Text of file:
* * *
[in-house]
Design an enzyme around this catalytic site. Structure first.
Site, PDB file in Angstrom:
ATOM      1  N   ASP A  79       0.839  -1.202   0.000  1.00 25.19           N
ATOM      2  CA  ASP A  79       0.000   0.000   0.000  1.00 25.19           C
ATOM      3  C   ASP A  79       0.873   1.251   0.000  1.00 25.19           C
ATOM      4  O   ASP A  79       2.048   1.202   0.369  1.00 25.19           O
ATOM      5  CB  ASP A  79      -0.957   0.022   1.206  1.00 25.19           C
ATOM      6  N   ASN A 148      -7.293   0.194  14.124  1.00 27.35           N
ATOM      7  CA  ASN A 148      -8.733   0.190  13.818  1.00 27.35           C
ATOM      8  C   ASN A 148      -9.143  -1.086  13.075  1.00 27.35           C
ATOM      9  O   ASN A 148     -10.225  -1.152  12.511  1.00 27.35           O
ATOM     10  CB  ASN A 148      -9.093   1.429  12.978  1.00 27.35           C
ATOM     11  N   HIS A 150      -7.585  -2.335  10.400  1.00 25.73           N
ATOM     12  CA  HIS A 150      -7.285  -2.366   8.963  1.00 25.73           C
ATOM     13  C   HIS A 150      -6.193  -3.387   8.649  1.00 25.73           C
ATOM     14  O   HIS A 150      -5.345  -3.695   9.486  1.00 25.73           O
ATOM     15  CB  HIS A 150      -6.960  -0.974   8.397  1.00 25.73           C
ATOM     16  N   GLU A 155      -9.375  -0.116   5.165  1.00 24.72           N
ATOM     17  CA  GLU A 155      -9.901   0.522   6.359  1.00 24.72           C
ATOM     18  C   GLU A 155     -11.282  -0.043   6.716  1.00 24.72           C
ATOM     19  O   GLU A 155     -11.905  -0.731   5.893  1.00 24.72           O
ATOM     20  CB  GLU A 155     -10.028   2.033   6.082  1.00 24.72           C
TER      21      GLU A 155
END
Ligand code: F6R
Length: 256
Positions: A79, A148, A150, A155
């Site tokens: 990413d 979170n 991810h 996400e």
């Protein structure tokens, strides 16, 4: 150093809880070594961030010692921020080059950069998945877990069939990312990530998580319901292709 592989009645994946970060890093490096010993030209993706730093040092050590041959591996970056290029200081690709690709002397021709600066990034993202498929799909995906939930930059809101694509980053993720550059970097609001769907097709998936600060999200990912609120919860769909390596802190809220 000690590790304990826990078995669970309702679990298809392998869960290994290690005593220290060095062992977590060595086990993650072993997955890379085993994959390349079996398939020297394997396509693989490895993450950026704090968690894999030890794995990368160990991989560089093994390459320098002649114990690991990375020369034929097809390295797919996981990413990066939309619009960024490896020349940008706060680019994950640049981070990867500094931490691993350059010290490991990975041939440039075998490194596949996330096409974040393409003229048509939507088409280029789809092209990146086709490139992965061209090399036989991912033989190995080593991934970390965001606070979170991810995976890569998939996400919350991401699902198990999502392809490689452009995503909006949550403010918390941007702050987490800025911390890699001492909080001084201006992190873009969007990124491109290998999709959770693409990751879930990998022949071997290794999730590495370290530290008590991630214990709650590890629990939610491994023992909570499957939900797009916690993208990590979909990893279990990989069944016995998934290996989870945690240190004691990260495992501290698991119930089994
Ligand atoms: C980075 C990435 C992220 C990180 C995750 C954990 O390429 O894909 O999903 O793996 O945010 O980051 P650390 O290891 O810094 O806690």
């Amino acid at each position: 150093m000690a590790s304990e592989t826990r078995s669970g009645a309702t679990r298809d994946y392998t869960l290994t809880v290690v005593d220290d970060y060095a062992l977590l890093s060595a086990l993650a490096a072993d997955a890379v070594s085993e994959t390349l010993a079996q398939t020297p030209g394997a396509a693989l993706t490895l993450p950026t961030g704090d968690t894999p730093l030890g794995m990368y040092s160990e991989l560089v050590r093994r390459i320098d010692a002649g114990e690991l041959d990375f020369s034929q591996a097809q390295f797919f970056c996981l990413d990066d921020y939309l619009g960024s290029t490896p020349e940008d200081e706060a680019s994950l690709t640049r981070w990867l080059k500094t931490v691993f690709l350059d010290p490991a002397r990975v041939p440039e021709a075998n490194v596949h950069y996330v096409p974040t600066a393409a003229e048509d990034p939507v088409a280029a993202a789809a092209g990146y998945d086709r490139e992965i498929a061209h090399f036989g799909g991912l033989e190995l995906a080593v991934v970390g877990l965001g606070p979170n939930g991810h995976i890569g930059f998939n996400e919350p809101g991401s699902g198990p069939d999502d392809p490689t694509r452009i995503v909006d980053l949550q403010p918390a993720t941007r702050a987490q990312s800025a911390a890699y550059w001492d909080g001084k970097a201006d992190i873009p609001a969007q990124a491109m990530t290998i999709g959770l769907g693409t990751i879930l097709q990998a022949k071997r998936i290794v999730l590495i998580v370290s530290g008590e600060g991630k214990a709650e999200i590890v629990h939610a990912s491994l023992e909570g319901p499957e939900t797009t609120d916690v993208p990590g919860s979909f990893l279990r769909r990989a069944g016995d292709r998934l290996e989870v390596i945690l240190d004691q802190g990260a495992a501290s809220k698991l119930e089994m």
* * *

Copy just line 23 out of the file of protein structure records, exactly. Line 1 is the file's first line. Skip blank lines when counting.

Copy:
ATOM     20  CB  GLU A 155     -10.028   2.033   6.082  1.00 24.72           C